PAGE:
Their cleaning, which made this 1980s era apartment absolutely sparkle, wasn’t sufficient. Fortunately, this firm offered a guarantee, so they had to come back and re-clean. Seriously, I don’t know what they missed. But, like I said, I’m an American.

The Checkout Involved 7 People. There is no such thing as giving the apartment a quick check, handing over the keys, and going on. This is a multi-hour process that involved measuring the apartment. Why? I have no idea. Did they think we had shrunk the apartment? Or slowly pushed our walls out, making our apartment bigger and encroaching on our neighbor’s space? They used lasers to measure, which my brother the real estate appraiser assures me are standard and fun. I now wish I could measure things with lasers.

The Costs. Moving costs everyone, but the Swiss have rules about it. (The Swiss love rules.) For instance, landlords are required to repaint every 10 years. But if you move out after 7, you have to pay 30 percent of the cost of repainting. If you’re there 10 years, you pay nothing. There are rules about when floors have to be refinished, windows have to be replaced, and how long appliances should last. So, if the rules say a refrigerator should last 10 years, but yours dies at 8, the landlord is only obligated to pay 80 percent of the cost of a new one. (Note: I don’t actually know what the rules for refrigerators are.)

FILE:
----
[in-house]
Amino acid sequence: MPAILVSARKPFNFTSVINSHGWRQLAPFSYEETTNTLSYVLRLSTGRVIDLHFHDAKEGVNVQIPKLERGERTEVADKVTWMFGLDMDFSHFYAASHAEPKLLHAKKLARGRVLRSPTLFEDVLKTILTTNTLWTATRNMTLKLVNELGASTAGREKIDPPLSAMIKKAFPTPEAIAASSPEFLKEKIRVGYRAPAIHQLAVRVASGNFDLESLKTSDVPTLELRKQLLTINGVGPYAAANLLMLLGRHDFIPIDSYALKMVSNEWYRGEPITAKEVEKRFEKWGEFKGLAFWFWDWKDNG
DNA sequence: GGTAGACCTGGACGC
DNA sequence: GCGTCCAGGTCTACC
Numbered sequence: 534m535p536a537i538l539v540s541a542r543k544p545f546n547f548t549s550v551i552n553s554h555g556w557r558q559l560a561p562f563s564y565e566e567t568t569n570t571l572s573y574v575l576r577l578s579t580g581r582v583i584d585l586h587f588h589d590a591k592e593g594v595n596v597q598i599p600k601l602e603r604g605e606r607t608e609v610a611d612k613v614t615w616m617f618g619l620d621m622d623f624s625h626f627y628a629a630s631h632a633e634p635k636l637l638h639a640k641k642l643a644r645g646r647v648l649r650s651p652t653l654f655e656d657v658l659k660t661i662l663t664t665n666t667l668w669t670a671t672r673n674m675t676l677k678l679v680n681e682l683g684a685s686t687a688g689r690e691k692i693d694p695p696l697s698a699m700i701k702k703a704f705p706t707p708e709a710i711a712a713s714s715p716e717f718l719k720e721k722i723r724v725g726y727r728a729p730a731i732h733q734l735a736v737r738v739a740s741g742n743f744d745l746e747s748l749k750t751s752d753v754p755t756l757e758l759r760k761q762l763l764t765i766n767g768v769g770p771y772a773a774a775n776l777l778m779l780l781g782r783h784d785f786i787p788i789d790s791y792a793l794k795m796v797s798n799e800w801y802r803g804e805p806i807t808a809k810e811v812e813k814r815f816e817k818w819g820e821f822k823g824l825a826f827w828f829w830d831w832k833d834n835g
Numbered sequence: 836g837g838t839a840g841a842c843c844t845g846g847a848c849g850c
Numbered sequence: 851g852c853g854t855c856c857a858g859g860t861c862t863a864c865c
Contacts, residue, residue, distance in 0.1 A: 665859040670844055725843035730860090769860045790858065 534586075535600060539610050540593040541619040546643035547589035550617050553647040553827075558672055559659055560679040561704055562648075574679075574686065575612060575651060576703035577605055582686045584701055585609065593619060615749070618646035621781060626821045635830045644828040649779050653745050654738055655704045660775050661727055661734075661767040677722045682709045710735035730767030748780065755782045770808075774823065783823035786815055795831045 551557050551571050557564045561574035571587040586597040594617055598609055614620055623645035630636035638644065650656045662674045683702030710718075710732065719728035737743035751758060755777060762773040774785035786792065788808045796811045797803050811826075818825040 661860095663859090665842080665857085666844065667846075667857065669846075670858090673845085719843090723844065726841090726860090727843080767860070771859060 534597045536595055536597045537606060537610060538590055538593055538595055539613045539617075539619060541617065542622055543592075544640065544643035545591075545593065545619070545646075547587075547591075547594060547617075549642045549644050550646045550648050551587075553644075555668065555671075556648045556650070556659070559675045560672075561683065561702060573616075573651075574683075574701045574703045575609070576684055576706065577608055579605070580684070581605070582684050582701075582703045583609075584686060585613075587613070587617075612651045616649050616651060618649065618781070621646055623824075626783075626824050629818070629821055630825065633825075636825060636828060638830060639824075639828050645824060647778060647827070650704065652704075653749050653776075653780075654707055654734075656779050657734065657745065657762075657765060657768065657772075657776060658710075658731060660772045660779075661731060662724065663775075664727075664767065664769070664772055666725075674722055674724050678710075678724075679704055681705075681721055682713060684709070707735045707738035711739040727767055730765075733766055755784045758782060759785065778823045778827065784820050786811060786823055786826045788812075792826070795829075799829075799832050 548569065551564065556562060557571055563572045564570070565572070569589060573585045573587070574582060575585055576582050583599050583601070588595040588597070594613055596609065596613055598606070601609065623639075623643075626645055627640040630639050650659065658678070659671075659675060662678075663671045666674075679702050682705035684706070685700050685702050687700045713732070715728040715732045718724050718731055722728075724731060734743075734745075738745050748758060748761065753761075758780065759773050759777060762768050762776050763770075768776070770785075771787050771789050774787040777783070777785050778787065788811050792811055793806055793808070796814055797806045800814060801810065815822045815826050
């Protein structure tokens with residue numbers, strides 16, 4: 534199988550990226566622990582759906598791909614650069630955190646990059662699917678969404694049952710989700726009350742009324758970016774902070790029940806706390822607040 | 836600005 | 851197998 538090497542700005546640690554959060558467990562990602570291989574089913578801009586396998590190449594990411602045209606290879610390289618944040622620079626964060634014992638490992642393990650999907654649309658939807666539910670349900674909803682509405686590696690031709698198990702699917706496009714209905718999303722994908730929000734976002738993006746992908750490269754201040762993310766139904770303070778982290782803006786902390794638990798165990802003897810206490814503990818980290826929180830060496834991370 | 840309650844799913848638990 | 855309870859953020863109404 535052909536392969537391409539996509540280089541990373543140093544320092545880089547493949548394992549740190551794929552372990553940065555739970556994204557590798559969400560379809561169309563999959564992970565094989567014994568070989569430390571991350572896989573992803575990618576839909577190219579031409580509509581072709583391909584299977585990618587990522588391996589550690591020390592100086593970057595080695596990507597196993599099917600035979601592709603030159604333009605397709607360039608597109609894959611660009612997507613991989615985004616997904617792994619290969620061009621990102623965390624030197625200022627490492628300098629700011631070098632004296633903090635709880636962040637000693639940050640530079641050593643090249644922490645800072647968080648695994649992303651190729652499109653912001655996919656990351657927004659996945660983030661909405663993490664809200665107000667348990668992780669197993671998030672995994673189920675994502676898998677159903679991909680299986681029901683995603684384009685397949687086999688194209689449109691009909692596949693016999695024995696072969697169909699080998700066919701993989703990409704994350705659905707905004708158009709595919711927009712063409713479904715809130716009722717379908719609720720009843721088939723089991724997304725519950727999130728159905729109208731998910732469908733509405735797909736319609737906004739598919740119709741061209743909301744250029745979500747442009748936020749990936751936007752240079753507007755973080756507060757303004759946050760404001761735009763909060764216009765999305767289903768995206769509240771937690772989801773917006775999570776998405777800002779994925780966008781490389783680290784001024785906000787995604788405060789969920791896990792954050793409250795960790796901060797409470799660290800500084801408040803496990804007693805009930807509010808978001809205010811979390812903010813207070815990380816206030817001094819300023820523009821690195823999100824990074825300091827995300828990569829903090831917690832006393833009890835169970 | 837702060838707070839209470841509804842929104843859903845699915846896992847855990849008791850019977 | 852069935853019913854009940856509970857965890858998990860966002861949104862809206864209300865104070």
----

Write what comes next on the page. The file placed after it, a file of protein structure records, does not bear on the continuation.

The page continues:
Finding the Next Tenants. When I was looking for a new home, almost every apartment/house I looked at was empty. That’s because landlords don’t typically start advertising their homes until the last tenant has moved out. The ones I did see with humans still living there were ones where the tenants were hoping to find new tenants to cover the rest of their leases. It certainly is easier from a renter’s perspective–you don’t have to do the hurried clean up when you get a call saying someone is coming to see the apartment. But, from a house hunting perspective, it’s kind of a pain. Because the apartment is already empty when you see it, the landlord is anxious to get someone in. The market where we live is pretty tight, which means you don’t want to give notice on your old place until you have a new place, but the new landlord wants the lease to start immediately. That’s how we ended up paying two months of double rent.